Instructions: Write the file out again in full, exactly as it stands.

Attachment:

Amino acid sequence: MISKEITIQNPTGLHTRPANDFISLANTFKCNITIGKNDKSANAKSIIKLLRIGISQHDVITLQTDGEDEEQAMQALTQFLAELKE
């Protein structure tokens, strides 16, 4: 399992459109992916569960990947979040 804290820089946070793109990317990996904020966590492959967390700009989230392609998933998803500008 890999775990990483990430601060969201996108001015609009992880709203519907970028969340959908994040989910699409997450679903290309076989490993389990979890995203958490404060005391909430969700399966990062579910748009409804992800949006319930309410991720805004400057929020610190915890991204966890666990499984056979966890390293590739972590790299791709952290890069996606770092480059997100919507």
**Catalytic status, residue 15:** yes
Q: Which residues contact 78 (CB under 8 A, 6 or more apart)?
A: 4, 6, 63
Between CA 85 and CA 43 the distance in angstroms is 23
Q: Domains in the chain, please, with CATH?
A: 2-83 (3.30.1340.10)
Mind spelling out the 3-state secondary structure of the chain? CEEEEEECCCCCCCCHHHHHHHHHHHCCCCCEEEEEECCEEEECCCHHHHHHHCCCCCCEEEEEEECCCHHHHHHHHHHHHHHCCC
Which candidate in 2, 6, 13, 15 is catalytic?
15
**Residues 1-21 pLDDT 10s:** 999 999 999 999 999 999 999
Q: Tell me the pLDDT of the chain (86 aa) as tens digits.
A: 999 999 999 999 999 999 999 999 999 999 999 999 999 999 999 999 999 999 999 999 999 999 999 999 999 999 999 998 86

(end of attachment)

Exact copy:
Amino acid sequence: MISKEITIQNPTGLHTRPANDFISLANTFKCNITIGKNDKSANAKSIIKLLRIGISQHDVITLQTDGEDEEQAMQALTQFLAELKE
């Protein structure tokens, strides 16, 4: 399992459109992916569960990947979040 804290820089946070793109990317990996904020966590492959967390700009989230392609998933998803500008 890999775990990483990430601060969201996108001015609009992880709203519907970028969340959908994040989910699409997450679903290309076989490993389990979890995203958490404060005391909430969700399966990062579910748009409804992800949006319930309410991720805004400057929020610190915890991204966890666990499984056979966890390293590739972590790299791709952290890069996606770092480059997100919507």
**Catalytic status, residue 15:** yes
Q: Which residues contact 78 (CB under 8 A, 6 or more apart)?
A: 4, 6, 63
Between CA 85 and CA 43 the distance in angstroms is 23
Q: Domains in the chain, please, with CATH?
A: 2-83 (3.30.1340.10)
Mind spelling out the 3-state secondary structure of the chain? CEEEEEECCCCCCCCHHHHHHHHHHHCCCCCEEEEEECCEEEECCCHHHHHHHCCCCCCEEEEEEECCCHHHHHHHHHHHHHHCCC
Which candidate in 2, 6, 13, 15 is catalytic?
15
**Residues 1-21 pLDDT 10s:** 999 999 999 999 999 999 999
Q: Tell me the pLDDT of the chain (86 aa) as tens digits.
A: 999 999 999 999 999 999 999 999 999 999 999 999 999 999 999 999 999 999 999 999 999 999 999 999 999 999 999 998 86